In this practical, you should see clear changes to the hydrogencarbonate indicator with only plants in the light (carbon dioxide reduction) and with only animals in both light and dark conditions (carbon dioxide increase). In the mixed tubes, and with plants in the dark, the final result will depend on the relative amounts of plant and animal material. You need quite a bit of active animal body mass – equivalent to one 1 cm pond snail – to counterbalance the effect of 5 cm of Elodea.

Health and safety checked, September 2008

Downloads


Download the student sheet How do plants and animals change the environment around them (96 KB) with questions and answers.

Related experiments


Investigating factors affecting the rate of photosynthesis
This practical shows how to explore the factors that affect the rates of photosynthesis in Elodea in more detail.

Investigating photosynthesis using immobilised algae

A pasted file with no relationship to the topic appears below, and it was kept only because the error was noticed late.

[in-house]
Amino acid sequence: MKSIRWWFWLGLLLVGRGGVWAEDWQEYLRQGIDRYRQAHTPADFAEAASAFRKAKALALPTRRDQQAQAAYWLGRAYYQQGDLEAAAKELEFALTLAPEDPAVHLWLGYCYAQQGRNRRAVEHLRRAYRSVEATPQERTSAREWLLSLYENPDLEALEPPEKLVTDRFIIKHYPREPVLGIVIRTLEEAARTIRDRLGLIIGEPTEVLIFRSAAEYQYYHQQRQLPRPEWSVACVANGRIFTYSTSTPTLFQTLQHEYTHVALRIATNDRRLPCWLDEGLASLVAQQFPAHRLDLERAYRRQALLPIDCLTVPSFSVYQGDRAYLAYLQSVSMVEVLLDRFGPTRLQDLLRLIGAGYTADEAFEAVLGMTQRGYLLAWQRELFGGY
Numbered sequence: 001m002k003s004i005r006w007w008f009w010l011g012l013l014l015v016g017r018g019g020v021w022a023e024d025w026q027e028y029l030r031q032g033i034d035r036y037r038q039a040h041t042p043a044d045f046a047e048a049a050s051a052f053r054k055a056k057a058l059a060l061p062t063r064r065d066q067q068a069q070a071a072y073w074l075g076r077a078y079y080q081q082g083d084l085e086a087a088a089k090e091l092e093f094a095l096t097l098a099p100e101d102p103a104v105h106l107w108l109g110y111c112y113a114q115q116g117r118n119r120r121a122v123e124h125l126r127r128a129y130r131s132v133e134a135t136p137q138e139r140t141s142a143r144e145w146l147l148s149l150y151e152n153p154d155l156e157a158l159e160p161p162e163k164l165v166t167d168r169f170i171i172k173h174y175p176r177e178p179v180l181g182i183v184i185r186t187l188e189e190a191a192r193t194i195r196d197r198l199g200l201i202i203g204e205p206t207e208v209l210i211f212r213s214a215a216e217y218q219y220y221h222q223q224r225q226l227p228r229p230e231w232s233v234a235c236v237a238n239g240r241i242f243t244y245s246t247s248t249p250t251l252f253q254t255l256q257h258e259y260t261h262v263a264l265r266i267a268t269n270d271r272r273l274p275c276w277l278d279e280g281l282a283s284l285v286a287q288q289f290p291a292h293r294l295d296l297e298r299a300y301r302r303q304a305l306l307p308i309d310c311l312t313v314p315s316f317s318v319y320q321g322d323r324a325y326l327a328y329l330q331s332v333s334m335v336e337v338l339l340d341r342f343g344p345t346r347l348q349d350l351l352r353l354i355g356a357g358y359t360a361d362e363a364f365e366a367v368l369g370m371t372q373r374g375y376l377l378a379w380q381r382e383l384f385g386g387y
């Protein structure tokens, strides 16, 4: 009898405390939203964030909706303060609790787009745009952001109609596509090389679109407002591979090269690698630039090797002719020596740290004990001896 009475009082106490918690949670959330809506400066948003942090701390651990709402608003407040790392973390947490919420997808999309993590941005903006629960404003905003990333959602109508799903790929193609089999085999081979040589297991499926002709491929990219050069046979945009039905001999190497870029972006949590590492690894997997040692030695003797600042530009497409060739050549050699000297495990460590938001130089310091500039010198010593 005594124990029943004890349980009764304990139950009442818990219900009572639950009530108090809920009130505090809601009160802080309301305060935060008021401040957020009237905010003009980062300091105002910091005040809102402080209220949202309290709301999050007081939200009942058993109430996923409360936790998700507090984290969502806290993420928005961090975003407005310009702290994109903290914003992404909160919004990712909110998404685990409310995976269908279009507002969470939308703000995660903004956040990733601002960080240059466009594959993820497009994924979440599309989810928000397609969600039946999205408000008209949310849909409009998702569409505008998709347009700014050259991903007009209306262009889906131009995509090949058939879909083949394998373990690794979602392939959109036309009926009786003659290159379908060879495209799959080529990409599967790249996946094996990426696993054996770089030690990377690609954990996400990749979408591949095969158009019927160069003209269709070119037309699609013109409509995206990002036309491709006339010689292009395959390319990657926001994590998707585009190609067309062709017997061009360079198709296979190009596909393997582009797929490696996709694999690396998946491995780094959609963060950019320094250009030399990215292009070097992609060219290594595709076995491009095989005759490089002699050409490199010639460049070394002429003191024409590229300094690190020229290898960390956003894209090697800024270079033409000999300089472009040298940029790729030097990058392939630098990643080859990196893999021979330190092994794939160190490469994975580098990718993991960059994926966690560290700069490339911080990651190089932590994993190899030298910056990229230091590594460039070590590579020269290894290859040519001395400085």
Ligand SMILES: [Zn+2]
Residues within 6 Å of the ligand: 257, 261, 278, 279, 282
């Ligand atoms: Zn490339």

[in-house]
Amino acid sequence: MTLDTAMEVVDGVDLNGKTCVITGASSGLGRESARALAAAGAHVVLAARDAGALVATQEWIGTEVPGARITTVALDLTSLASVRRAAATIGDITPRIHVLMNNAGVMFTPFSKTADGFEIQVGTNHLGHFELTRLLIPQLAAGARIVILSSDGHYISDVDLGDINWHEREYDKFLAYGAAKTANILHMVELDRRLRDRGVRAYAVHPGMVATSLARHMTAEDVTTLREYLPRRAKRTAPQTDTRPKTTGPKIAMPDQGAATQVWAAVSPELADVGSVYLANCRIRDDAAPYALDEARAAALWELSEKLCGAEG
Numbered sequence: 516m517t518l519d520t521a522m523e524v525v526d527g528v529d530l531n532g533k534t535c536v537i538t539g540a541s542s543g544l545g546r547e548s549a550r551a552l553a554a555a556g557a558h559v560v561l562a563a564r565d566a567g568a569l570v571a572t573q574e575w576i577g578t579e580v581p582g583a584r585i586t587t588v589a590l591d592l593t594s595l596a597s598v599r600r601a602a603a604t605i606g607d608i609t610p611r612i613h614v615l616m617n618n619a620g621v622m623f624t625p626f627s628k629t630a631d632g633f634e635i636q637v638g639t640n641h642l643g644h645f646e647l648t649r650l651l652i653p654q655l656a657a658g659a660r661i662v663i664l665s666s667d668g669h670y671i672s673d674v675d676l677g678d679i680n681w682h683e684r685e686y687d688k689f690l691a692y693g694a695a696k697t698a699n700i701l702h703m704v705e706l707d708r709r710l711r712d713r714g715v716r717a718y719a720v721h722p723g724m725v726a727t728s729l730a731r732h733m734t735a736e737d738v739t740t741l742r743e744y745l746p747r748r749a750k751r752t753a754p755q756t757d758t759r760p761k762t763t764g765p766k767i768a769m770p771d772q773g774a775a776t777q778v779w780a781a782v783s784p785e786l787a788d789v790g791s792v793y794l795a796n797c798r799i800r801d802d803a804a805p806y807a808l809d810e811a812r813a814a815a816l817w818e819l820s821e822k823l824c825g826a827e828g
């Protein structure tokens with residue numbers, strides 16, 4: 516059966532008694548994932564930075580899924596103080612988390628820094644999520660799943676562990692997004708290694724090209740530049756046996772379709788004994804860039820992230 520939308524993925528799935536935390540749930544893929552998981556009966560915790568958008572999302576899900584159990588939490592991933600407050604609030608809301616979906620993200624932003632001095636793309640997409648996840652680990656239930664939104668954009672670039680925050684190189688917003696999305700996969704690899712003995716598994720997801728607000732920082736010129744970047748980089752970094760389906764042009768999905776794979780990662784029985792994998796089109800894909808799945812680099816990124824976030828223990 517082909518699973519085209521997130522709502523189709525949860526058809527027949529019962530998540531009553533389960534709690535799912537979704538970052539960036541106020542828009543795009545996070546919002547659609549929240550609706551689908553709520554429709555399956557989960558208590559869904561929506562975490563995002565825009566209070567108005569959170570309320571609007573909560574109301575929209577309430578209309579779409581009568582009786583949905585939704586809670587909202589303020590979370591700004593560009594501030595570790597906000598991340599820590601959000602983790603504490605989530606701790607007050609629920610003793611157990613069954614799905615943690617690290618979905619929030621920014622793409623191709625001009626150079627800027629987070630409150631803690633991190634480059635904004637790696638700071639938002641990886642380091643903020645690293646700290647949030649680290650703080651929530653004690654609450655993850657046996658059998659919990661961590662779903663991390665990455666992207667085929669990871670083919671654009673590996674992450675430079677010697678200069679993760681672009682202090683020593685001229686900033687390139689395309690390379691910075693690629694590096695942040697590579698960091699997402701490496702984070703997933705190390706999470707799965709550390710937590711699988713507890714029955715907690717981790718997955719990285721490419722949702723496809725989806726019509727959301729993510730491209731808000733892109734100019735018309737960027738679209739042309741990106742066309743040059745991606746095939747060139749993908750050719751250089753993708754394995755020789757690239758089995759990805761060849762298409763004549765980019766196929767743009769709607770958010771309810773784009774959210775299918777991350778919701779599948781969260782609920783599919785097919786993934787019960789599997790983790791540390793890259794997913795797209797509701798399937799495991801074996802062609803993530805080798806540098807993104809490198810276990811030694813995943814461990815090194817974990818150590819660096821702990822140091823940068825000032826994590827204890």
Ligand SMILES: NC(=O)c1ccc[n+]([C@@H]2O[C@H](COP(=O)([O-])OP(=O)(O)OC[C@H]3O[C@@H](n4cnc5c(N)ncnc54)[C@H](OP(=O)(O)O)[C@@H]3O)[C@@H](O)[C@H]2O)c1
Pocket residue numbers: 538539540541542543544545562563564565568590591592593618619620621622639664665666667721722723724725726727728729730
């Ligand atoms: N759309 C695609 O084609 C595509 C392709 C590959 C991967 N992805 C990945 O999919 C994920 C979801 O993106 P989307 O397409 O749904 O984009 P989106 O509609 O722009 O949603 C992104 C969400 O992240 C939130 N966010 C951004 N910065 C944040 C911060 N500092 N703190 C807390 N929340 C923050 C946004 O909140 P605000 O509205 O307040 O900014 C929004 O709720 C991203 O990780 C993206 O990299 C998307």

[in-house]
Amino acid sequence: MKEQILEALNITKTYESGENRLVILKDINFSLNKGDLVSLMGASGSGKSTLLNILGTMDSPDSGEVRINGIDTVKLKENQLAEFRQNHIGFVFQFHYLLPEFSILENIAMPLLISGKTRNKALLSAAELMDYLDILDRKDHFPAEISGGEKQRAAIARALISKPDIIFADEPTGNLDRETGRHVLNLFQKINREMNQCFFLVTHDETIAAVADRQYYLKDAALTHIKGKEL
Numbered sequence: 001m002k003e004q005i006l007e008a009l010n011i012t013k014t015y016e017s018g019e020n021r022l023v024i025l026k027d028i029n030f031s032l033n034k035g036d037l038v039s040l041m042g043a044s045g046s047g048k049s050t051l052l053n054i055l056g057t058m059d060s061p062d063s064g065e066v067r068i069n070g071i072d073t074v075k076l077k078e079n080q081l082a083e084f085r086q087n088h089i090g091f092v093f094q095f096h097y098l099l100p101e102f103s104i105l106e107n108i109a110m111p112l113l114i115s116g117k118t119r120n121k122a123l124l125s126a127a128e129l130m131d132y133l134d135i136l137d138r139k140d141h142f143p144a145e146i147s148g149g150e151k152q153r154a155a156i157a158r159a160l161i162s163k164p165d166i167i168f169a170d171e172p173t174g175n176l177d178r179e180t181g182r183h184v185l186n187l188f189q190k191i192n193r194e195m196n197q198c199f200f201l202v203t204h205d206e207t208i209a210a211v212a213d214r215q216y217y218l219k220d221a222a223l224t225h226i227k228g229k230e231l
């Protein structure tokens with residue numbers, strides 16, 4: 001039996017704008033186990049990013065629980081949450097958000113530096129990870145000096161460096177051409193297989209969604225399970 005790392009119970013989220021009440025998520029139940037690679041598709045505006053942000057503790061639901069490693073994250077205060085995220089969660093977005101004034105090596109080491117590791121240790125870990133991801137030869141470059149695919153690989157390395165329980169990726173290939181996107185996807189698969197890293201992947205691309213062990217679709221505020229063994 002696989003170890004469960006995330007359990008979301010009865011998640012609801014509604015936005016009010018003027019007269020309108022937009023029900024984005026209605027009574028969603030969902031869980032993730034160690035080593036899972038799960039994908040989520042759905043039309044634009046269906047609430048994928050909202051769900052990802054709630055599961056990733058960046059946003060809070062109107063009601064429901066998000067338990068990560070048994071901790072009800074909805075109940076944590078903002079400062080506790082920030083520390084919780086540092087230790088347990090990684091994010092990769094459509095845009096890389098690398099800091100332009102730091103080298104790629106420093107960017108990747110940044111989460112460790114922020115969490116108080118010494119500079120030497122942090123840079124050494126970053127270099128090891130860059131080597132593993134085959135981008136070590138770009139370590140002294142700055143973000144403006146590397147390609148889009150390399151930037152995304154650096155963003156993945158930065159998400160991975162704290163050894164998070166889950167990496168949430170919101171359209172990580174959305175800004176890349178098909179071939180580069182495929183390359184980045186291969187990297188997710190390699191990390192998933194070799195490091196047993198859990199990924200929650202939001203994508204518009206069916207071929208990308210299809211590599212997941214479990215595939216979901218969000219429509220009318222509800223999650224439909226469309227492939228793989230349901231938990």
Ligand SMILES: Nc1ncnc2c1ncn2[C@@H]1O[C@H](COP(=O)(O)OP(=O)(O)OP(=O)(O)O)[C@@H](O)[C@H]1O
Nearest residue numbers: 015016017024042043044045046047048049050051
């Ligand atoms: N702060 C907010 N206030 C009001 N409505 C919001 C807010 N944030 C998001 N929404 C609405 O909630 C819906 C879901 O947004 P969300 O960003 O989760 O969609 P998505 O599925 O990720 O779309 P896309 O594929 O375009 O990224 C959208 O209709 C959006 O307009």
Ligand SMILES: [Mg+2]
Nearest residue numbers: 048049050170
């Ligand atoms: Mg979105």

This procedure shows a different approach to photosynthetic investigations using alga trapped in alginate balls as the photosynthetic organism and again using hydrogencarbonate indicator and changes in carbon dioxide concentration to follow the reaction.

Web links


www.upd8.org.uk/activity/266/Global-Warming-Swindle.html
If you want to explore carbon dioxide and global climate change more, this link is to an activity that explores and evaluates different theories about climate change. You have to register to download activities, but there is no charge.

(Websites accessed October 2011)

 

Page last updated on 24 November 2011